i really like my wacom intuos 2. very customizable control, highly responive, and precise. i have had it for four or five years. no issue or complaints. worth the extra.
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Posted by GregM1 on 09 October 2013 - 04:45 PM
Thanks, GregM1. I think some of your skills are beyond my ability.
I tried something different. I used PS Elements 11 and "Open as . . ." to open the jpeg as a "camera RAW" file. Then I could edit it with the editor that comes up for RAW files. I tried uploading the result, but apparently it's too big. Here's the Flickr version (the green/yellow background is the lawn):
I was not aware of this "open as" feature until now!
i had a very similar result in the raw processor but i dropped that and went old school pre raw repair. glad you are having positive results and are motivated to try more also.
my layer breakdown was, duplicate original, convert the blend mode to screen. combined those two layers and did the auto corrections. those came out dark so i did the brightness contrast layer. used a light blue to paint over the washed out sky. stole the green color from the leaves in the background to paint the blue foreground leaves. used a waming filter on the chipmunk, leaves, and branches. reduced the saturation with the hue/sat layer. used the curves to lower the black intensity. could have gotten a lot cleaner results had i gone back through all the mask and clean up the bleed overs.
Posted by GregM1 on 09 October 2013 - 11:55 AM
i gave it a whirl, came up with this. it could be fixed up a bit more but here is where i stopped. about 15 minutes in photoshop.
this reminds me why i always want to shoot raw too. it could have been fixed more appropriately in less time. i dont miss the jpeg methods. lol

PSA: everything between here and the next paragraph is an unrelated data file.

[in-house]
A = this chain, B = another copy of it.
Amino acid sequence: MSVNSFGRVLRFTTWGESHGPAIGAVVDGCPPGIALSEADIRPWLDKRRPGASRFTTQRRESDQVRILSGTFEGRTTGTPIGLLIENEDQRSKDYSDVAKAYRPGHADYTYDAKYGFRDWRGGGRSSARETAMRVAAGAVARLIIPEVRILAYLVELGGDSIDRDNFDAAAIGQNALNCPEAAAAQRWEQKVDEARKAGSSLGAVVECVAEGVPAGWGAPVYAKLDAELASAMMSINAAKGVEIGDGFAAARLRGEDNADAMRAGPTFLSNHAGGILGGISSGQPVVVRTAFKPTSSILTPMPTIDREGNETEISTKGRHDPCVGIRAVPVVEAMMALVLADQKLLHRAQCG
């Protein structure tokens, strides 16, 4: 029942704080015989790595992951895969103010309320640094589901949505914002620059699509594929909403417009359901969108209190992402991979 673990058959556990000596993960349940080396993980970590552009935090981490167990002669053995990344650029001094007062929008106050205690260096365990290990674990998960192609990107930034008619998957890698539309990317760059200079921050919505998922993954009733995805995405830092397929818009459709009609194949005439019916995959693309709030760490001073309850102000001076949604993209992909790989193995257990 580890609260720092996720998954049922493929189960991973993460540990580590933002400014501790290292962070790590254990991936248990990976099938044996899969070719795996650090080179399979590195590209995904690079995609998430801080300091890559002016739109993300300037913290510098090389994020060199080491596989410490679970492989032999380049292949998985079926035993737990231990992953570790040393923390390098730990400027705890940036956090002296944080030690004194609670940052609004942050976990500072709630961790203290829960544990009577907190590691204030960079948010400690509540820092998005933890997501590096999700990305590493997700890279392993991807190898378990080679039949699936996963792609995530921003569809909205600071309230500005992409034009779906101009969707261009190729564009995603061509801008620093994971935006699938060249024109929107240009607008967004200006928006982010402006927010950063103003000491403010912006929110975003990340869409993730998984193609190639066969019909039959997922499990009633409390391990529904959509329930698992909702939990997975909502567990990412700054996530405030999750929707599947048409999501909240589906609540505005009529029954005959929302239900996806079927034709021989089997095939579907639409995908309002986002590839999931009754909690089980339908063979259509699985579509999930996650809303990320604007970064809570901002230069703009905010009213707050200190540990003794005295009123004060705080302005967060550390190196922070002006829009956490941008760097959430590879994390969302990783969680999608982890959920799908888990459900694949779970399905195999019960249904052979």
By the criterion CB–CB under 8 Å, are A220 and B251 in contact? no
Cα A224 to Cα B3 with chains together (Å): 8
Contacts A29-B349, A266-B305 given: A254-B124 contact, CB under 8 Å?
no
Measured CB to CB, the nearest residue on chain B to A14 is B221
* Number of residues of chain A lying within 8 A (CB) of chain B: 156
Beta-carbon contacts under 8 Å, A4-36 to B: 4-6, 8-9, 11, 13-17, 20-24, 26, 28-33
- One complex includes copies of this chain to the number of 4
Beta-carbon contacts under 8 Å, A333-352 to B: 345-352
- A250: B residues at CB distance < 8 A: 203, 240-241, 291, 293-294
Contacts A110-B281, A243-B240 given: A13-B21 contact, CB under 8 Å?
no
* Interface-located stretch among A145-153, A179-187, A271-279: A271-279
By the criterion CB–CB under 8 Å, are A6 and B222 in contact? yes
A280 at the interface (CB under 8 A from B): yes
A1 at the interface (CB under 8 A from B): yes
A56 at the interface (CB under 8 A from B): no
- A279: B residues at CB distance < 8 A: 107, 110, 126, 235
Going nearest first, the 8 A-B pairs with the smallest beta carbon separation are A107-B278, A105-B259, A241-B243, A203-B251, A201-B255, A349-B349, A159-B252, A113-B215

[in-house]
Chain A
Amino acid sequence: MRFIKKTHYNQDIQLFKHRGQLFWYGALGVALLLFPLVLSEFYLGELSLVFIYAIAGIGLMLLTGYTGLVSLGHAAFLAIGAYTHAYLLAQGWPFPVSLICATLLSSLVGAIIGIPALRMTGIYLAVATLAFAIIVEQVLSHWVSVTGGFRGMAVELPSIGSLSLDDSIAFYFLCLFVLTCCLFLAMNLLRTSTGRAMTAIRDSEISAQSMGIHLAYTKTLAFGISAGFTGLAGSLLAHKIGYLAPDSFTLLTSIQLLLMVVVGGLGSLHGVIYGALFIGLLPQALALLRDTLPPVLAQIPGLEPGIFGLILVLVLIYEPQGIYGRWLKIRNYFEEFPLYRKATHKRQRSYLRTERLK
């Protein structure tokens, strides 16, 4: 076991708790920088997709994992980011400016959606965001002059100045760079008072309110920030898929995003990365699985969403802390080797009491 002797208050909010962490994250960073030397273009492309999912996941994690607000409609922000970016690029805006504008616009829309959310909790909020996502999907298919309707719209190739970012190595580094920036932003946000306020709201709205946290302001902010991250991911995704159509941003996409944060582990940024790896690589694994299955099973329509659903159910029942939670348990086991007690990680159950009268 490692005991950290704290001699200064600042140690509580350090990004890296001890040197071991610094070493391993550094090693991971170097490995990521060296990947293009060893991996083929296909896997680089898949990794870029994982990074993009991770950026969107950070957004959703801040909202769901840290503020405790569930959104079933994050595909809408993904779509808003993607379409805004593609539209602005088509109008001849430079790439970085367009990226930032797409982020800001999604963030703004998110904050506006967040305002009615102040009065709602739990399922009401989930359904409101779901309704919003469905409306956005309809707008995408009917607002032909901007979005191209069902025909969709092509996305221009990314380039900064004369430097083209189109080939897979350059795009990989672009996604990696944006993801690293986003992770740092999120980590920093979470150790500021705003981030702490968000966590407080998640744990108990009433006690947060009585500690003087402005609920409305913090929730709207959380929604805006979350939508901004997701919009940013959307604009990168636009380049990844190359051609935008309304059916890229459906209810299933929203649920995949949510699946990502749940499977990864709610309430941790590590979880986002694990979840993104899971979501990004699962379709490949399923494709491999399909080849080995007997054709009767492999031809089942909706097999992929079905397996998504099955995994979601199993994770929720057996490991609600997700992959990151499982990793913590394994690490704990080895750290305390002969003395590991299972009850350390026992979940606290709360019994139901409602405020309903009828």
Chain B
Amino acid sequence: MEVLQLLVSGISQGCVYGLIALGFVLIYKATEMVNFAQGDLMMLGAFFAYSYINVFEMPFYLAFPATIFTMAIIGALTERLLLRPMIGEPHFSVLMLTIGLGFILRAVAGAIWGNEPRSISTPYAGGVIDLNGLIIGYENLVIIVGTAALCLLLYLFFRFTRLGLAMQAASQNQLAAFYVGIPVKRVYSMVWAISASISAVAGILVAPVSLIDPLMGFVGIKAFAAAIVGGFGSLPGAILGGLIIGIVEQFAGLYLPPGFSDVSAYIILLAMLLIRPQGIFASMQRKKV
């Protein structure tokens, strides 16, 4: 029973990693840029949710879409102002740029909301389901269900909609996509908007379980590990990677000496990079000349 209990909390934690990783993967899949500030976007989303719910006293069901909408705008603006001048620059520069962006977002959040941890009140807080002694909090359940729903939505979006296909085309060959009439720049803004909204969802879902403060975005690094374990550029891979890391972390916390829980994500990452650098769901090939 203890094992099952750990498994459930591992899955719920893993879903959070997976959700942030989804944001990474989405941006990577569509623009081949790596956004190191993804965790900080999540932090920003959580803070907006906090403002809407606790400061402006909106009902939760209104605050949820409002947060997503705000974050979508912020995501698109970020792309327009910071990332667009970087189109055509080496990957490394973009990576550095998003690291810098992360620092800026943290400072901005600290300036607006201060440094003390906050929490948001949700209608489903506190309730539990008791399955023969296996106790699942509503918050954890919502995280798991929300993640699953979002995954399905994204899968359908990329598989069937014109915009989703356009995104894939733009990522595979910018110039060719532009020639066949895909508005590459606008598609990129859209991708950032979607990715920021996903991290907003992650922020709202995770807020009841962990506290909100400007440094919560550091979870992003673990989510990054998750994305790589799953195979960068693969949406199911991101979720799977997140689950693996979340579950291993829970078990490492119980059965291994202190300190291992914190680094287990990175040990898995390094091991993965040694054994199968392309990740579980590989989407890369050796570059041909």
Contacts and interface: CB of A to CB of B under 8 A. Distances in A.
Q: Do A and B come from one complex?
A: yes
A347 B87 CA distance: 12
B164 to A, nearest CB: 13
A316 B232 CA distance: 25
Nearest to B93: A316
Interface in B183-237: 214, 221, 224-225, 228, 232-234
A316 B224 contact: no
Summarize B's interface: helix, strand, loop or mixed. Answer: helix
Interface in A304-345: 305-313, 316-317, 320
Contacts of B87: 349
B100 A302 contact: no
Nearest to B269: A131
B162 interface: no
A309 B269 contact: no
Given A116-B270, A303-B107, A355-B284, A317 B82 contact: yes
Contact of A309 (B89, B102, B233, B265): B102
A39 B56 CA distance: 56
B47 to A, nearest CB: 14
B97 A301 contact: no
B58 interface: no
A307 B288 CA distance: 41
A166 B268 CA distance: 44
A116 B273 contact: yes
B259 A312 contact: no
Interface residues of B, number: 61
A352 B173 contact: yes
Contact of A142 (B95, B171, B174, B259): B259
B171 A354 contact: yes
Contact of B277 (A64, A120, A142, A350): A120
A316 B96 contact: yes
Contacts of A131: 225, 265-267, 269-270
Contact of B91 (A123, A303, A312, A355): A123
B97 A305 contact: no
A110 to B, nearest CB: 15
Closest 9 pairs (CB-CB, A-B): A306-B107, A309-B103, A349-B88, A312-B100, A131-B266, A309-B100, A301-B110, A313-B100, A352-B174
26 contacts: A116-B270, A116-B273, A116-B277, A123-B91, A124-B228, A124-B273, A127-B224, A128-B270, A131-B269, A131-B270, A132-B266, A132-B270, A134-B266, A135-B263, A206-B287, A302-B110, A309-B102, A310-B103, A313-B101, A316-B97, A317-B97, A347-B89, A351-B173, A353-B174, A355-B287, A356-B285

Posted by GregM1 on 08 October 2013 - 11:19 AM
I have been shooting in jpeg, but it looks like I should switch to RAW. I have a picture similar to the "opossum butt" above that I have been unable to fix in PS Elements. I'm not sure if it is just my lack of ability though.
Does anyone have a guide to editing in RAW vs jpeg? Is it as simple as uploading RAW, editing, and then saving a jpeg version? And yes, I am a beginner.
yes, that is pretty much the process. lots more editing options with raw though. it saves much more data, even if you can't see it in the original photo.
Posted by GregM1 on 07 October 2013 - 11:56 AM
i agree with most of the comments. the location is superb, the colors are wonderfully vibrant, the depth of field is spot on, and the family in the sunbeam really make it a great shot. i also agree the tree is the problem. its like a black marker line through the heart of it. The cabana is a bit large and distracting. it seems to have two main subjects fighting for dominance in the one photo. i think had you moved back enough to capture the tree as a silhouette up to the top and above would have reduced the size of the cabana to an acceptable size and made a great sunset picture but would have also decreased the family size to non relevant. moving closer would have lost the cabana making the family the only main subject. thanks for sharing.
Posted by GregM1 on 07 October 2013 - 01:17 AM
im always trying new stuff. i also have a clear plastic cup that fits over the end and works like a sphere also. i try to keep my eyes open for new materials to work with. i have a few other projects i should post, from beauty dishes to other snoots to reflectors.
Posted by GregM1 on 05 October 2013 - 02:28 PM
the vertical grip isnt just for extra batterly life. it does have that as a bonus feature as the main point of a vert grip is ergonomic control while shooting vertically. it does make a world of difference in control and timing with scenarios when you need to shoot verticals regularly. it is not for everyone and most people are just fine without them. if you know someone with one, try theirs and see if its something you would like in your bag. i dont use mine all the time but i usually have it with me for whatever the day may bring.
Posted by GregM1 on 02 October 2013 - 04:42 PM
A homemade snoot was an easy find. I used the plastic hydraulic piston covers from a computer chair I was disposing of. Just unfastened the clip located at the wheel base and the piston was easily removed. They slide together tight and fit the flash well. The light port is able to be used directionally. Some similar slip covers from another chair i found were not formed as well. it would require tape or glue to hold them together so they were slated for another project..
Here are three shots I made today with the new snoot along with an image of it on flash.